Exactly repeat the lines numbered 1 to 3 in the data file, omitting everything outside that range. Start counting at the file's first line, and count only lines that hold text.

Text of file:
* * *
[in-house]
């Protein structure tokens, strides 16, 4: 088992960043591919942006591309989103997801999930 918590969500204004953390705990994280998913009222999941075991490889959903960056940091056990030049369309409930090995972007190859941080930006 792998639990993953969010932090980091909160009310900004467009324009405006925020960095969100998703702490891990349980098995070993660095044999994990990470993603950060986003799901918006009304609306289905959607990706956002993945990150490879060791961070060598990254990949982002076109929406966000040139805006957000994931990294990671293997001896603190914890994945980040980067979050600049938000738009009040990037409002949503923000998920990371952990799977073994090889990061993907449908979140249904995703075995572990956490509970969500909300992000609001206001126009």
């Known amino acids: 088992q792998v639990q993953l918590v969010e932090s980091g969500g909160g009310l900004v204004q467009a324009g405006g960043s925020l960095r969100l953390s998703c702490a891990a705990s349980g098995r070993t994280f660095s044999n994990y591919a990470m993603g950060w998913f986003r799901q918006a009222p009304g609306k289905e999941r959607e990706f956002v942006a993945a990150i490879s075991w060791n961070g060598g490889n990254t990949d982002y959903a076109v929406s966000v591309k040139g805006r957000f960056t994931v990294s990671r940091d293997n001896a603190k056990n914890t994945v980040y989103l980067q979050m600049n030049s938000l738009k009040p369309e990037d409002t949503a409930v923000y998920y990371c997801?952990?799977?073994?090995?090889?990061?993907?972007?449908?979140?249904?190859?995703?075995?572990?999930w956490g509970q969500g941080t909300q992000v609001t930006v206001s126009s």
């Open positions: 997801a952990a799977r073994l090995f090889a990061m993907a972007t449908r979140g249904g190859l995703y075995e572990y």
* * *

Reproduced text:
[in-house]
């Protein structure tokens, strides 16, 4: 088992960043591919942006591309989103997801999930 918590969500204004953390705990994280998913009222999941075991490889959903960056940091056990030049369309409930090995972007190859941080930006 792998639990993953969010932090980091909160009310900004467009324009405006925020960095969100998703702490891990349980098995070993660095044999994990990470993603950060986003799901918006009304609306289905959607990706956002993945990150490879060791961070060598990254990949982002076109929406966000040139805006957000994931990294990671293997001896603190914890994945980040980067979050600049938000738009009040990037409002949503923000998920990371952990799977073994090889990061993907449908979140249904995703075995572990956490509970969500909300992000609001206001126009």
């Known amino acids: 088992q792998v639990q993953l918590v969010e932090s980091g969500g909160g009310l900004v204004q467009a324009g405006g960043s925020l960095r969100l953390s998703c702490a891990a705990s349980g098995r070993t994280f660095s044999n994990y591919a990470m993603g950060w998913f986003r799901q918006a009222p009304g609306k289905e999941r959607e990706f956002v942006a993945a990150i490879s075991w060791n961070g060598g490889n990254t990949d982002y959903a076109v929406s966000v591309k040139g805006r957000f960056t994931v990294s990671r940091d293997n001896a603190k056990n914890t994945v980040y989103l980067q979050m600049n030049s938000l738009k009040p369309e990037d409002t949503a409930v923000y998920y990371c997801?952990?799977?073994?090995?090889?990061?993907?972007?449908?979140?249904?190859?995703?075995?572990?999930w956490g509970q969500g941080t909300q992000v609001t930006v206001s126009s």